Up? Down? Anyone's Guess . . .
Which Way Is The Stock Market Headed?
May 27, 2007
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By: Jerry Cole - Retirement, Investment
Investment professionals keeping a close watch on Market indicators.
Is the recent stock market rally over or just taking a breather?
If anyone was sure of the answer they wouldn't be reading (or writing) this column. It does look like we will have a down week though. This may be due to more than the average share of confusion lately.
Take for example home sales. On Thursday new-home sales for April reported an unexpected surge marking the biggest climb in 14 years, according to Commerce Department Data. However, the average price of a home last month decreased to $299, 100, from $324,700 in March. The median price was $229,100, lower than $257,600 in March. Then today existing-home sales for April came in at the lowest pace in nearly four years. The median price was $220,900, down 0.8% from a year ago but up slightly from March.
Lending standards have been tightened by the institutions, especially in the subprime area. The mortgage market has been a good profit center for the Street (Wall Street investment houses). But the appetite for products tied to risky or subprime mortgages has waned. Investors who are buying these securities are demanding better terms, which cuts into firm profits.
It has also been reported that commodities trading, which has been booming, may also have peaked. So, while some senior executives at the investment firms are predicting healthy profits, they also indicate profits will likely be down from the last quarter.
Another indicator that recent market gains may have peaked for now is the amount of credit used to purchase stocks. Borrowing money from brokerage firms to buy stocks or other securities is called margin debt. It is leverage and can be very effective providing the securities borrowed against are rising in value. The reverse if the case of the underlying securities are losing value. Margin debt for individual investors hit a record $295.87 billion in February, according to NYSE Euronext data. The National Association of Securities Dealers, which regulates Securities Dealers, warned last month that many investors underestimate the risks of trading on margin.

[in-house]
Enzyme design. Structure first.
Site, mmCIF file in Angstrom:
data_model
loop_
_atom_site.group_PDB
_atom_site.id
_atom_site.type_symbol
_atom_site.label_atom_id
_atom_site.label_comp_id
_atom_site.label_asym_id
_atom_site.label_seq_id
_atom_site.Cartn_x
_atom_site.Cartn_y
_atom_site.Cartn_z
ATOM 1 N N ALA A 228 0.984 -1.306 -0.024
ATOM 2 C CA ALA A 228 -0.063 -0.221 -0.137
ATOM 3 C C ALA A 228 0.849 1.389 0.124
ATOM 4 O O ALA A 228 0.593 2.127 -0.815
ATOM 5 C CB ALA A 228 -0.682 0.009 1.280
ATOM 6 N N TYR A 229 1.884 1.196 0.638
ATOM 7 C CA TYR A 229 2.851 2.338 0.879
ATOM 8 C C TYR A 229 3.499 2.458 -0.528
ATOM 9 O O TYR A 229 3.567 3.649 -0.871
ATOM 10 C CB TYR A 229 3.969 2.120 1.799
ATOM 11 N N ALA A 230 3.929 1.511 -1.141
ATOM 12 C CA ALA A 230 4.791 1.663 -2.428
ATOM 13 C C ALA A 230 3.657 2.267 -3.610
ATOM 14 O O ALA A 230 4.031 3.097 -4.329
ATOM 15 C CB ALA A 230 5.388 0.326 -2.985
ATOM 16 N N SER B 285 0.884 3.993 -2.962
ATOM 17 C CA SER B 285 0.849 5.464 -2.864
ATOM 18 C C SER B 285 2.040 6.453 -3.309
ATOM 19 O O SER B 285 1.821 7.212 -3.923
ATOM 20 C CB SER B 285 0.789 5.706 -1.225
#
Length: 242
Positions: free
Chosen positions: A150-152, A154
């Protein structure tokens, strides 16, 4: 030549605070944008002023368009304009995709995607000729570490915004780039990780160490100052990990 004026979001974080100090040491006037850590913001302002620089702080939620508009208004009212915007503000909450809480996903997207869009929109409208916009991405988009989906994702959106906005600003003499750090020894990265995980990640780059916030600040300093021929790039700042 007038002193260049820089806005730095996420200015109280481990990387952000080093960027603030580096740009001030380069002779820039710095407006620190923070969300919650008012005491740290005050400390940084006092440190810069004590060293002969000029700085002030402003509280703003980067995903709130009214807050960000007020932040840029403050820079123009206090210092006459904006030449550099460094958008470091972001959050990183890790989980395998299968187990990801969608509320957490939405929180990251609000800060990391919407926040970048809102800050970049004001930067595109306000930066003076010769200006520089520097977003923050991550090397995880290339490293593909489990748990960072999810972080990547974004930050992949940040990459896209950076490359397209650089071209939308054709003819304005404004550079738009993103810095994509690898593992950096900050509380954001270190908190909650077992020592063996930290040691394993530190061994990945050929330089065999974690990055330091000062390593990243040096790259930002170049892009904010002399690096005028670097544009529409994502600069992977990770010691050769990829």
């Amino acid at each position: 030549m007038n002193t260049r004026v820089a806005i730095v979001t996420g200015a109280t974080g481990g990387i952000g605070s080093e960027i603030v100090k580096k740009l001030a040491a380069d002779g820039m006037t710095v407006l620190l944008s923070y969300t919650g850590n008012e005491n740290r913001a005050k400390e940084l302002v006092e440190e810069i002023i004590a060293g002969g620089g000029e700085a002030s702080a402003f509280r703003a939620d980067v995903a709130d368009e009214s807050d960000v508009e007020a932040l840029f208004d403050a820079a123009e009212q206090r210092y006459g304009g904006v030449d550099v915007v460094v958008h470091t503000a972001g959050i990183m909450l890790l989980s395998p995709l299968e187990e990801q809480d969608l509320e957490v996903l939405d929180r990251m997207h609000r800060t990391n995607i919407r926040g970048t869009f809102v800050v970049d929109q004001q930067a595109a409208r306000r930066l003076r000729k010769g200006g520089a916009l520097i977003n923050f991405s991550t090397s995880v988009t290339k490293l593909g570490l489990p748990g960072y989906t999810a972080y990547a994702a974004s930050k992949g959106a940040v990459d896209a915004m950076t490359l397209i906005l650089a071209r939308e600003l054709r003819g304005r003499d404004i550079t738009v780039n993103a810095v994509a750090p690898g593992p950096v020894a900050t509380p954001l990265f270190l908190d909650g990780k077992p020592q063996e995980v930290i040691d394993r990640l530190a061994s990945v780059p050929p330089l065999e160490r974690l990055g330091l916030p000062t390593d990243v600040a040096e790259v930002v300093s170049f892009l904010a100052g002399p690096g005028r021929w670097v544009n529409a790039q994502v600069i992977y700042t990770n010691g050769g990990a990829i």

Yet some believe the U.S, market is in the midst of another long period of gains. A decade long bull market is supposed to take place once in a generation. There was one in the 1920's, another in the 1950's and one in the 1990's. Most bull markets run about three or four years. Therefore the current one should be coming to an end by usual standards. But just seven years after the bull market of the 1990's, some believe we are in another long term period of gains. This group of people who see the glass half full believe that the global economic strength we have experienced will keep things moving in an upward direction.
Some in the bull camp credit the Federal Reserve's policy on interest rates for sustaining the current rally. Indeed the Fed has been able to slow growth to a manageable pace without putting us into recession. Others credit resurgence of the laggards of the 1990's such as energy and commodity companies. Another fact the bulls state is that the present rally is coming off the worst bear market for the Dow Jones Industrial Average since the 1970's and the worst for the S&P 500 since the Depression. During 200-2002 the Dow fell 38% and the S&P 500 plunged 49%. The NASDAQ composite fell 78%.
You have to have different views in order to have a market.
At any time, some are buying and some are selling.
What is best at this time?
Or Contact Jerry Cole at:
(The opinions expressed are solely those of the author and not Gen worth Financial Securities Corporation.)
509 Center Ave, Suite#102, Bay City, MI
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